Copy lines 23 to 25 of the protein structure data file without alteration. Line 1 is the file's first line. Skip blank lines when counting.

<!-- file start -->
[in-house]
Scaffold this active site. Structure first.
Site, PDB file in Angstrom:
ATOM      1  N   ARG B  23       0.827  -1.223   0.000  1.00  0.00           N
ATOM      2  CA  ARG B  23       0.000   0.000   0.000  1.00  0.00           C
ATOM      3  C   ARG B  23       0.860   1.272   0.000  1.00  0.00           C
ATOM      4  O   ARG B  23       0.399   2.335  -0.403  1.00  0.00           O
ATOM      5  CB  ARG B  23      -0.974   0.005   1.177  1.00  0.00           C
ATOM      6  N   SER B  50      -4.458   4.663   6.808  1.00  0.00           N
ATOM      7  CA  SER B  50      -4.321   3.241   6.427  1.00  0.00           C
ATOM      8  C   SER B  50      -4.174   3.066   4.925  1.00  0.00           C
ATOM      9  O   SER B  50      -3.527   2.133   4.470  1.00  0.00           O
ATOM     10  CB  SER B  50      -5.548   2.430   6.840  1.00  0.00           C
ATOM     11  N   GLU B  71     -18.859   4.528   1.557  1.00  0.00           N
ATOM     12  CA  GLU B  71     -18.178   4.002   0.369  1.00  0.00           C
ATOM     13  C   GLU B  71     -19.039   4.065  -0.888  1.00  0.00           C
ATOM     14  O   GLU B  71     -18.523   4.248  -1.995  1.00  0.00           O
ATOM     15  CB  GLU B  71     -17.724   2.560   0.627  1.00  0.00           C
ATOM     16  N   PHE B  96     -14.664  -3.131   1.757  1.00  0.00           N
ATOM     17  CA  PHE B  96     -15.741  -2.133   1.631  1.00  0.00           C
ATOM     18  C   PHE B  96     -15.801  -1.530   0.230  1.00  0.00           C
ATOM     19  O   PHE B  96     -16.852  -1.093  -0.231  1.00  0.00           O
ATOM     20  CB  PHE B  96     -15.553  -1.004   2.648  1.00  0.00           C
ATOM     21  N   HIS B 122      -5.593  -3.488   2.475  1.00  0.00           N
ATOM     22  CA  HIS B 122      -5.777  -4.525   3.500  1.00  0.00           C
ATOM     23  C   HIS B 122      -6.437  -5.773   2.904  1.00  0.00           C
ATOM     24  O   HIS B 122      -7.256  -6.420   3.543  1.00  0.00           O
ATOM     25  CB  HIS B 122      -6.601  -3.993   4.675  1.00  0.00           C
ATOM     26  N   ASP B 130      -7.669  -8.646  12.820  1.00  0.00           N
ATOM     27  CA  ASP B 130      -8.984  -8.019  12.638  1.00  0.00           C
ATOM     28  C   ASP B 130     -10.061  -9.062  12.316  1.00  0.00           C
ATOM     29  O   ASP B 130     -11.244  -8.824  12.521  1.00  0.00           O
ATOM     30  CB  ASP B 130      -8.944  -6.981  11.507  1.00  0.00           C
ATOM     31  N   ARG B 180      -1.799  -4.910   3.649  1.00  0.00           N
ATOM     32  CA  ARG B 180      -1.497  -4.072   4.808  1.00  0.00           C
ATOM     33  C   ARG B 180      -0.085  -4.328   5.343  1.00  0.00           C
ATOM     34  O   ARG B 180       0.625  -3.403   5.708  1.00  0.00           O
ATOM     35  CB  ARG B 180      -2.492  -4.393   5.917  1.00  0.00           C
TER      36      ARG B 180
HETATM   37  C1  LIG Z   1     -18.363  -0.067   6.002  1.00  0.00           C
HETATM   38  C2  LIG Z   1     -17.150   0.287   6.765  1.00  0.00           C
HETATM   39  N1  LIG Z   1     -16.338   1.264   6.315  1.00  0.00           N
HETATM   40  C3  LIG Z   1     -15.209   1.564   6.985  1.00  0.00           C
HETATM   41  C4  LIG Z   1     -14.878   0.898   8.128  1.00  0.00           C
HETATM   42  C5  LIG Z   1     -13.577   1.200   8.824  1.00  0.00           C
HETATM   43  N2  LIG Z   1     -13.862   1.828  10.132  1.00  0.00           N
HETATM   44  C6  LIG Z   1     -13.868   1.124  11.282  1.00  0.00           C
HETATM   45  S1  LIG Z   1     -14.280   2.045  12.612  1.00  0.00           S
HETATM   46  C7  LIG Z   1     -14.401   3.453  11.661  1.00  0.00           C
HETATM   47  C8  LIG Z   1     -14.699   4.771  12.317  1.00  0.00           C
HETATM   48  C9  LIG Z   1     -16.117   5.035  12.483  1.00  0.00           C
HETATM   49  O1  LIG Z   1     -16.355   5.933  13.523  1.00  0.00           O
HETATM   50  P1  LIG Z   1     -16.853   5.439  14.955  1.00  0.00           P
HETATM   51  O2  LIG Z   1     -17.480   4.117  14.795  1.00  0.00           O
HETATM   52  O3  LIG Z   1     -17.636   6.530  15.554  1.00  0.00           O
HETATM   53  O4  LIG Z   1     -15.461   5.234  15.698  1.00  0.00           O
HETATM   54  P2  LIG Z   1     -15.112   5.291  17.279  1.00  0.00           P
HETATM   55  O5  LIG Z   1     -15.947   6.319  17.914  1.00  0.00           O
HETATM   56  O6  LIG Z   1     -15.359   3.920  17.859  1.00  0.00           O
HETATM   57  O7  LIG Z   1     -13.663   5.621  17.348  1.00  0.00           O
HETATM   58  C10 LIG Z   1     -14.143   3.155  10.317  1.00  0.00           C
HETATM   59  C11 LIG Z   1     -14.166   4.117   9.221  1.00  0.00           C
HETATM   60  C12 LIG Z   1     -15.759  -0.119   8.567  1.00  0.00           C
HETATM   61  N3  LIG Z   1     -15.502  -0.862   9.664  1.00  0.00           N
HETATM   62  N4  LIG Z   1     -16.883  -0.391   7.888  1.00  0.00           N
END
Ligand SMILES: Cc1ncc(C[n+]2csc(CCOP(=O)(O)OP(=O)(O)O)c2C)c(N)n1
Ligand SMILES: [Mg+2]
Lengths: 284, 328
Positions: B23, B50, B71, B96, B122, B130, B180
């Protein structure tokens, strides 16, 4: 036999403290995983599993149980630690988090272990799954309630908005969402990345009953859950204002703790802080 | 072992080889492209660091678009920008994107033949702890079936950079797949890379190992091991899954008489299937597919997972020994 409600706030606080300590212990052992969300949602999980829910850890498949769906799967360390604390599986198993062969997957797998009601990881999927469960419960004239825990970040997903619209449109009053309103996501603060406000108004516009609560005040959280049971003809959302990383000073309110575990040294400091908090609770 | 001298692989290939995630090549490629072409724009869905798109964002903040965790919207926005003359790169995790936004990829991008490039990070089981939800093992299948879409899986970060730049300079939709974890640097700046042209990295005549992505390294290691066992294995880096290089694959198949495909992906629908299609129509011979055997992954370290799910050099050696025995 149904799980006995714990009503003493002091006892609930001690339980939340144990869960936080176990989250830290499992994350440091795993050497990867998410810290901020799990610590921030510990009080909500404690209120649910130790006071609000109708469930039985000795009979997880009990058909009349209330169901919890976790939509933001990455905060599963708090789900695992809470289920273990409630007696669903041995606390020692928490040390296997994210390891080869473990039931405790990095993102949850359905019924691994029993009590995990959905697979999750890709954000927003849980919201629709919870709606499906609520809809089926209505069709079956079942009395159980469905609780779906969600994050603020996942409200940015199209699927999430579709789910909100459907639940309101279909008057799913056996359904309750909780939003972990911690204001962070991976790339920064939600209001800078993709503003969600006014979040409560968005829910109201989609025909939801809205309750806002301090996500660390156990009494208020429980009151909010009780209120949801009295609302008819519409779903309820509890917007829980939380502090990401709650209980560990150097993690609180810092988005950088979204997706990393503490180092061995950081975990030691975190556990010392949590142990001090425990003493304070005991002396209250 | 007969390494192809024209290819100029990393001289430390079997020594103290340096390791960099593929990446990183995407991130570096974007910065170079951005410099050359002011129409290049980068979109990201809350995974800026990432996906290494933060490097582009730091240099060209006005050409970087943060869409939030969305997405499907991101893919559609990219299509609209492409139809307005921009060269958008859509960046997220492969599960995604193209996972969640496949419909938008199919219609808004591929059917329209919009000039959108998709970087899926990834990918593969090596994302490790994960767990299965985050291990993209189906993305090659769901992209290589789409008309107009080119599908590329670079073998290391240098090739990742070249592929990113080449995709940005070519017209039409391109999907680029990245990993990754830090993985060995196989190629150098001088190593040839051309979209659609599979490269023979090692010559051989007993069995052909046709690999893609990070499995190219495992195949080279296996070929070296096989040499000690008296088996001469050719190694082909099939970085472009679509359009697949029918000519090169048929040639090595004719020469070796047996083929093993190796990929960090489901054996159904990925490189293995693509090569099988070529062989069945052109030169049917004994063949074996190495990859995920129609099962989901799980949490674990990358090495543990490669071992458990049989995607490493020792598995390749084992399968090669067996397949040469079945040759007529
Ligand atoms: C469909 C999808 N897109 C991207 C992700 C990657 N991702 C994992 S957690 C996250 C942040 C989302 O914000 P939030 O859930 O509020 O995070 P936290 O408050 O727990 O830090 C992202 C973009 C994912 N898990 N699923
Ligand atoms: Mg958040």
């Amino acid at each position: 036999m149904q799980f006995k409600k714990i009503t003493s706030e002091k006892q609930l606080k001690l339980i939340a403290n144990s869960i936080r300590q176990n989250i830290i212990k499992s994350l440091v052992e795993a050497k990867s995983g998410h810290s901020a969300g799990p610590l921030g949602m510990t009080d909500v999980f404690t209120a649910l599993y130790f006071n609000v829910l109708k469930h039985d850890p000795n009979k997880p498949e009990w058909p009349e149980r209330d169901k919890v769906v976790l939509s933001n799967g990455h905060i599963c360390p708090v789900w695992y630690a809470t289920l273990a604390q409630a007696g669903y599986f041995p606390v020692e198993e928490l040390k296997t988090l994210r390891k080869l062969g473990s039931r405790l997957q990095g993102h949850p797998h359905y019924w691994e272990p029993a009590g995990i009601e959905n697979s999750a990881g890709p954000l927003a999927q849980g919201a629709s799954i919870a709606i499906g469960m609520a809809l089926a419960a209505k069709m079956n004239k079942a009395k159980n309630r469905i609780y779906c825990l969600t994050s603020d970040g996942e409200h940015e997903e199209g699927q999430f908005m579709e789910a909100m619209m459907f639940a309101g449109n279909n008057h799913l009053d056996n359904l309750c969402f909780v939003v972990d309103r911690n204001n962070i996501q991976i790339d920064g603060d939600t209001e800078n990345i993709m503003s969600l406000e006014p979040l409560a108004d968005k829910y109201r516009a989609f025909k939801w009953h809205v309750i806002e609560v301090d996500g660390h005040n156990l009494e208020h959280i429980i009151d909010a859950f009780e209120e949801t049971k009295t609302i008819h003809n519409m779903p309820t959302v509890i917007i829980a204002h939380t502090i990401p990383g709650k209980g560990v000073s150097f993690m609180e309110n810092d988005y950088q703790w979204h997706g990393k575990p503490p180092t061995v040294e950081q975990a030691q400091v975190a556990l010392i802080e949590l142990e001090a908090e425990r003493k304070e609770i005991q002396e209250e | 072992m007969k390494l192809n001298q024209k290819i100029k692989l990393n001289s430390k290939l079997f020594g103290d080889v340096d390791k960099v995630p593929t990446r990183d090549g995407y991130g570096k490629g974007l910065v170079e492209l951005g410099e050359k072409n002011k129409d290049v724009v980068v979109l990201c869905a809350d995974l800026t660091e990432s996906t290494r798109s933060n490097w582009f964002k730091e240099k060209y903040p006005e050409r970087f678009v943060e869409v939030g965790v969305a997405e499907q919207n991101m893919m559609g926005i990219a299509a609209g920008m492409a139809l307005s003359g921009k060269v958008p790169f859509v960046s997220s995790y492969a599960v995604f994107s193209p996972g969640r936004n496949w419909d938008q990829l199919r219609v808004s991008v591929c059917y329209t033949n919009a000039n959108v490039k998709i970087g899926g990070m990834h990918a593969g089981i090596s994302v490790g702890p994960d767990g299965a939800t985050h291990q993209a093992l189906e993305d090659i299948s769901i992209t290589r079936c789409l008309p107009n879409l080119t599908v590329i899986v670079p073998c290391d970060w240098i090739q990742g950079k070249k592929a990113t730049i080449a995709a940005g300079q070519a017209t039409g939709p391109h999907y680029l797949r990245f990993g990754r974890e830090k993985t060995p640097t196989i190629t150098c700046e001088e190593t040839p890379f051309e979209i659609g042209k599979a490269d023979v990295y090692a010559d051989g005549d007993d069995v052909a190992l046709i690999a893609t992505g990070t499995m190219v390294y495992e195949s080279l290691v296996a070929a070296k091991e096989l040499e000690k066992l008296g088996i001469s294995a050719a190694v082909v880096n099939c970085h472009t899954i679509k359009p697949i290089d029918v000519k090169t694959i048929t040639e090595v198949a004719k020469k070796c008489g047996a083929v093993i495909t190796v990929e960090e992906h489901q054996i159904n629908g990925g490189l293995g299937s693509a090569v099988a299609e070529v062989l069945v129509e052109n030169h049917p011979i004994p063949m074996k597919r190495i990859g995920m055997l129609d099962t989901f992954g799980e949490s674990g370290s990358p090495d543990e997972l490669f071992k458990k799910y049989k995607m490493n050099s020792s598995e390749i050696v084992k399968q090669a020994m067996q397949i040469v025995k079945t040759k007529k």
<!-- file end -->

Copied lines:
ATOM     20  CB  PHE B  96     -15.553  -1.004   2.648  1.00  0.00           C
ATOM     21  N   HIS B 122      -5.593  -3.488   2.475  1.00  0.00           N
ATOM     22  CA  HIS B 122      -5.777  -4.525   3.500  1.00  0.00           C